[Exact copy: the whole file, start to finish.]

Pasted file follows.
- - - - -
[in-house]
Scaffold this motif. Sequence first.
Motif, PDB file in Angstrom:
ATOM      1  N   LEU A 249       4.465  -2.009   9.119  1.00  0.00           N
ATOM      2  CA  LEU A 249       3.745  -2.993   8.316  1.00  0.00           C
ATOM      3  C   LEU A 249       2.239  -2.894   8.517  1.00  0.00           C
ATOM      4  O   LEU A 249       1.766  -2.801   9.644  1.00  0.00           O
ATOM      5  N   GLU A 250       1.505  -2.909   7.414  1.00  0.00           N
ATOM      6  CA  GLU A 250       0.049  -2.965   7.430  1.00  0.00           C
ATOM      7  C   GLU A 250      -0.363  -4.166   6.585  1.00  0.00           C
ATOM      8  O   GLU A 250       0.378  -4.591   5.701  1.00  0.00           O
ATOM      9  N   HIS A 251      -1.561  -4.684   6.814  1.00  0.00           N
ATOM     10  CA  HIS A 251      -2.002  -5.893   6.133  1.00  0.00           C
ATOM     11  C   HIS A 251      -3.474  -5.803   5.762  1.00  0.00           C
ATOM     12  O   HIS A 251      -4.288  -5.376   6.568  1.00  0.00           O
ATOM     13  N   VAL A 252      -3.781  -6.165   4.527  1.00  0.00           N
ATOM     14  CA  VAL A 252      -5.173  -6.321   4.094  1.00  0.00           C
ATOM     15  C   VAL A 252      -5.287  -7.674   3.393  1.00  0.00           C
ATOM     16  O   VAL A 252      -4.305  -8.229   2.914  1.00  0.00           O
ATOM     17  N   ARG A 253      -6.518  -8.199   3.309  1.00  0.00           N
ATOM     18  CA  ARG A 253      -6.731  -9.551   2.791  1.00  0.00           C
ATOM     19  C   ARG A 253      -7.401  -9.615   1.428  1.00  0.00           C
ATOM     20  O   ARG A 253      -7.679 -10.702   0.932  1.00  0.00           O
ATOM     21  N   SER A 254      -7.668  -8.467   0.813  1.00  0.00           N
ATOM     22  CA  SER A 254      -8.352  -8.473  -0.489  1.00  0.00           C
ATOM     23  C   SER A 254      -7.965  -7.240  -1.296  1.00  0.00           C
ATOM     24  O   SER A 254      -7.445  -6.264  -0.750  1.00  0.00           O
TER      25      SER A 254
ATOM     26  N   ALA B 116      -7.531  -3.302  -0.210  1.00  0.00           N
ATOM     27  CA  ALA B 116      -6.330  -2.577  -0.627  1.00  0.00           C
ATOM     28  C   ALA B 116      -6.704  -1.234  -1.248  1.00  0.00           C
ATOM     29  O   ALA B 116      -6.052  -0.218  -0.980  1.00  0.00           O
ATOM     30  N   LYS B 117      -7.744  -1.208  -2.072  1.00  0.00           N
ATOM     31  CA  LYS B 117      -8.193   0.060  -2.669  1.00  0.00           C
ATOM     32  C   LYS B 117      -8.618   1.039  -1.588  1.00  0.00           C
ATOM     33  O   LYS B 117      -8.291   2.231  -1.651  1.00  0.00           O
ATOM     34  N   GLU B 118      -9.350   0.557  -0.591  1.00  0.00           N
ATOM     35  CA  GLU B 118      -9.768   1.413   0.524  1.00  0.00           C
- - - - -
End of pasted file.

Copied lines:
[in-house]
Scaffold this motif. Sequence first.
Motif, PDB file in Angstrom:
ATOM      1  N   LEU A 249       4.465  -2.009   9.119  1.00  0.00           N
ATOM      2  CA  LEU A 249       3.745  -2.993   8.316  1.00  0.00           C
ATOM      3  C   LEU A 249       2.239  -2.894   8.517  1.00  0.00           C
ATOM      4  O   LEU A 249       1.766  -2.801   9.644  1.00  0.00           O
ATOM      5  N   GLU A 250       1.505  -2.909   7.414  1.00  0.00           N
ATOM      6  CA  GLU A 250       0.049  -2.965   7.430  1.00  0.00           C
ATOM      7  C   GLU A 250      -0.363  -4.166   6.585  1.00  0.00           C
ATOM      8  O   GLU A 250       0.378  -4.591   5.701  1.00  0.00           O
ATOM      9  N   HIS A 251      -1.561  -4.684   6.814  1.00  0.00           N
ATOM     10  CA  HIS A 251      -2.002  -5.893   6.133  1.00  0.00           C
ATOM     11  C   HIS A 251      -3.474  -5.803   5.762  1.00  0.00           C
ATOM     12  O   HIS A 251      -4.288  -5.376   6.568  1.00  0.00           O
ATOM     13  N   VAL A 252      -3.781  -6.165   4.527  1.00  0.00           N
ATOM     14  CA  VAL A 252      -5.173  -6.321   4.094  1.00  0.00           C
ATOM     15  C   VAL A 252      -5.287  -7.674   3.393  1.00  0.00           C
ATOM     16  O   VAL A 252      -4.305  -8.229   2.914  1.00  0.00           O
ATOM     17  N   ARG A 253      -6.518  -8.199   3.309  1.00  0.00           N
ATOM     18  CA  ARG A 253      -6.731  -9.551   2.791  1.00  0.00           C
ATOM     19  C   ARG A 253      -7.401  -9.615   1.428  1.00  0.00           C
ATOM     20  O   ARG A 253      -7.679 -10.702   0.932  1.00  0.00           O
ATOM     21  N   SER A 254      -7.668  -8.467   0.813  1.00  0.00           N
ATOM     22  CA  SER A 254      -8.352  -8.473  -0.489  1.00  0.00           C
ATOM     23  C   SER A 254      -7.965  -7.240  -1.296  1.00  0.00           C
ATOM     24  O   SER A 254      -7.445  -6.264  -0.750  1.00  0.00           O
TER      25      SER A 254
ATOM     26  N   ALA B 116      -7.531  -3.302  -0.210  1.00  0.00           N
ATOM     27  CA  ALA B 116      -6.330  -2.577  -0.627  1.00  0.00           C
ATOM     28  C   ALA B 116      -6.704  -1.234  -1.248  1.00  0.00           C
ATOM     29  O   ALA B 116      -6.052  -0.218  -0.980  1.00  0.00           O
ATOM     30  N   LYS B 117      -7.744  -1.208  -2.072  1.00  0.00           N
ATOM     31  CA  LYS B 117      -8.193   0.060  -2.669  1.00  0.00           C
ATOM     32  C   LYS B 117      -8.618   1.039  -1.588  1.00  0.00           C
ATOM     33  O   LYS B 117      -8.291   2.231  -1.651  1.00  0.00           O
ATOM     34  N   GLU B 118      -9.350   0.557  -0.591  1.00  0.00           N
ATOM     35  CA  GLU B 118      -9.768   1.413   0.524  1.00  0.00           C